After I reported on Andrea’s story, I received an email from “a white man who denies the existence of transsexuals” who told me he engages in the “fine and hilarious hobby” of posing online as a feminist activist who can provide abortion pills to people who need them in countries with restrictive laws, before turning over their details to the police.
“I SURE HOPE ROE OVERTURNING WEEK IS AS EXCITING FOR YOU AS IT WILL BE FOR ME,” he wrote.
I have no idea if this person is simply trolling me, or whether he does indeed spend his time reporting people who seek abortions to the police. But what can you do, on receiving an email like this, if not despair?
You can do what conservatives have been doing for decades in order to withdraw rights from women, LGBTQI+ people and racial minorities today: you can organise.
When I started interviewing feminist activists from around the world for Impact’s interview series earlier this year, I was driven by anger. Anger that women only represent 4% of MPs in Nigeria’s lower house of parliament; anger that trans rights were being weaponised in Australia’s election debate; anger that Turkish feminists are being threatened in the courts for the simple fact of counting femicides.
But when I speak to the women who are in the midst of these struggles, they are rarely angry. They do not despair. In fact, they are optimistic.
With a flair for understatement, Melek Arı told me this month that women were “not living through a very good period of time” in Turkey at the moment. But despite her government withdrawing from the Istanbul Convention on violence against women, and despite facing the shutdown of her organsiation, she was unbowed. “We can’t give up, because we have so many things to achieve,” she said.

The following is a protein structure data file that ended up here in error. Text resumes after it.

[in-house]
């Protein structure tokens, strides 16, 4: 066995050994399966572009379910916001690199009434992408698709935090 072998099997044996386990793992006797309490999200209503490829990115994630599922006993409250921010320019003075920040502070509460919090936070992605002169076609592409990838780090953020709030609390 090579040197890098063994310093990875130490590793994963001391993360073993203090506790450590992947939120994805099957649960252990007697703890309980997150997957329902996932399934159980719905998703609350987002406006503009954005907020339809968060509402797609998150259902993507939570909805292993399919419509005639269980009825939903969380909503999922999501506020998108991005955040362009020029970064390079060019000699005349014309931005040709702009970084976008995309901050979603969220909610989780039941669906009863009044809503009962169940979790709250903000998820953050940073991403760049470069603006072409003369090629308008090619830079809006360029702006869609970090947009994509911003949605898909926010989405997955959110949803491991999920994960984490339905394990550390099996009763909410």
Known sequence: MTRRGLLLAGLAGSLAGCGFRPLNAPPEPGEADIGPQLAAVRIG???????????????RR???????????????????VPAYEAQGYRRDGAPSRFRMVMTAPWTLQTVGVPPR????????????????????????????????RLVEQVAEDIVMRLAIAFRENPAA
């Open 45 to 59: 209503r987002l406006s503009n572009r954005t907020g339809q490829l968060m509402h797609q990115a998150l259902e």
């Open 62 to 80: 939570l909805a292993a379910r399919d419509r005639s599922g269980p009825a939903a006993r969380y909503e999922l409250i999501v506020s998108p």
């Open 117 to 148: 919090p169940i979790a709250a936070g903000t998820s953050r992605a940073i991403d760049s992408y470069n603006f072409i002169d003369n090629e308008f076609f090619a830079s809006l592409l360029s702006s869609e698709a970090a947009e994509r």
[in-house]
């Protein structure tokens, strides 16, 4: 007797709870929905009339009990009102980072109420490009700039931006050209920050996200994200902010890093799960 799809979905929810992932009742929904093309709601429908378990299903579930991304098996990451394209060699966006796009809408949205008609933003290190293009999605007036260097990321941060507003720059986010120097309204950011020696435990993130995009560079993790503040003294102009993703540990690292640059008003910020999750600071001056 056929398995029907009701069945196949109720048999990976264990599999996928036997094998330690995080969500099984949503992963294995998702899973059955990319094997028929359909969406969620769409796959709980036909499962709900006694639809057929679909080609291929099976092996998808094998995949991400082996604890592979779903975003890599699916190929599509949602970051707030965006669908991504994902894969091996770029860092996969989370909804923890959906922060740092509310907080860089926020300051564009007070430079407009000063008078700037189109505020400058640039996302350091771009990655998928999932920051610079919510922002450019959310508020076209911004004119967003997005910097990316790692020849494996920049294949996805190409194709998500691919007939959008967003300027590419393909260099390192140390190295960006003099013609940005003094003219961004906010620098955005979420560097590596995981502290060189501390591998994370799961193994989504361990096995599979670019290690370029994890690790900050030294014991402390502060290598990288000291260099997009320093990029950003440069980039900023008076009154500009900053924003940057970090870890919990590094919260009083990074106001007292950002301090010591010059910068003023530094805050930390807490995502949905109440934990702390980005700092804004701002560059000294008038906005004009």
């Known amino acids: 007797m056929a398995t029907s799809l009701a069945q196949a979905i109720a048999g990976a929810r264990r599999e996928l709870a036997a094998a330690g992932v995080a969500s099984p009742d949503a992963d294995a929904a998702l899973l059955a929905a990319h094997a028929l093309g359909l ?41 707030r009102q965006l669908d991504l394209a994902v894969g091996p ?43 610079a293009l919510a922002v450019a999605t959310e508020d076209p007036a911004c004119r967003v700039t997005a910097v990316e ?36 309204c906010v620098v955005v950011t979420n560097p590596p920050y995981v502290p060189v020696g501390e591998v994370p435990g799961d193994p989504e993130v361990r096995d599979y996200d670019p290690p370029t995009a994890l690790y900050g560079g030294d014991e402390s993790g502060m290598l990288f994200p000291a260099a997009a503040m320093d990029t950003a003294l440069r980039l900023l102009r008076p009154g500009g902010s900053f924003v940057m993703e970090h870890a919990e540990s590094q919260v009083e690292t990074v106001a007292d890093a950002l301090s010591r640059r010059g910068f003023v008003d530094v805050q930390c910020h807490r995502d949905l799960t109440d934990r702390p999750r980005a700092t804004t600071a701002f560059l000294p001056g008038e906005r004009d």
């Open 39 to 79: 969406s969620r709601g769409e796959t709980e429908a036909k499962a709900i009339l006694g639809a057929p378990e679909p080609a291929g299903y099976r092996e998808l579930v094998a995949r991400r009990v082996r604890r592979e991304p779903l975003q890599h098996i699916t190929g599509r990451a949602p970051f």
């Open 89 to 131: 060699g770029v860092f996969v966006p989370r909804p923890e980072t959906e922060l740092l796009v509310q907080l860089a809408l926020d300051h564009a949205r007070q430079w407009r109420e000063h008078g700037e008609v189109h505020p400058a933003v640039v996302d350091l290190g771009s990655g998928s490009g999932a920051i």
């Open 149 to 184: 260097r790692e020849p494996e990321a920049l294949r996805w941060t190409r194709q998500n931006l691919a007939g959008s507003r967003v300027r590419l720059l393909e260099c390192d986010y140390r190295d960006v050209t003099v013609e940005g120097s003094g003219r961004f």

Here’s Nigeria’s Ebere Ifendu on losing a vote to increase women’s representation in parliament: “It gave Nigerian
women an opportunity to come together more strongly as a movement … It brought about a kind of cohesion, a kind of sisterhood.”
And Jackie Turner, on transphobia in Australia: “We know that the people who are really passionate about this are a small group of anti-equality lobbyists. We also know that people who know someone well who is trans, perhaps a trans sibling or a co-worker or friend, are overwhelmingly supportive of trans equality.”
If these campaigners can maintain optimism in the face of government hostility and coordinated right-wing attacks, the least we can do is try to share it.
I am not sure I will ever be able to jettison the anger I feel at stories like Andrea’s or the people who make it their life’s work to remove the rights of women and LGBTQI+ people. I will be angry at Brett Kavanaugh, Amy Coney Barrett, Samuel Alito, Clarence Thomas, Neil Gorsuch, John Roberts, Mitch McConnell and Donald Trump for the rest of my life. But I am going to try to give up on despair, because it does not serve me, it does not serve feminism, and it gives the bastards exactly what they want.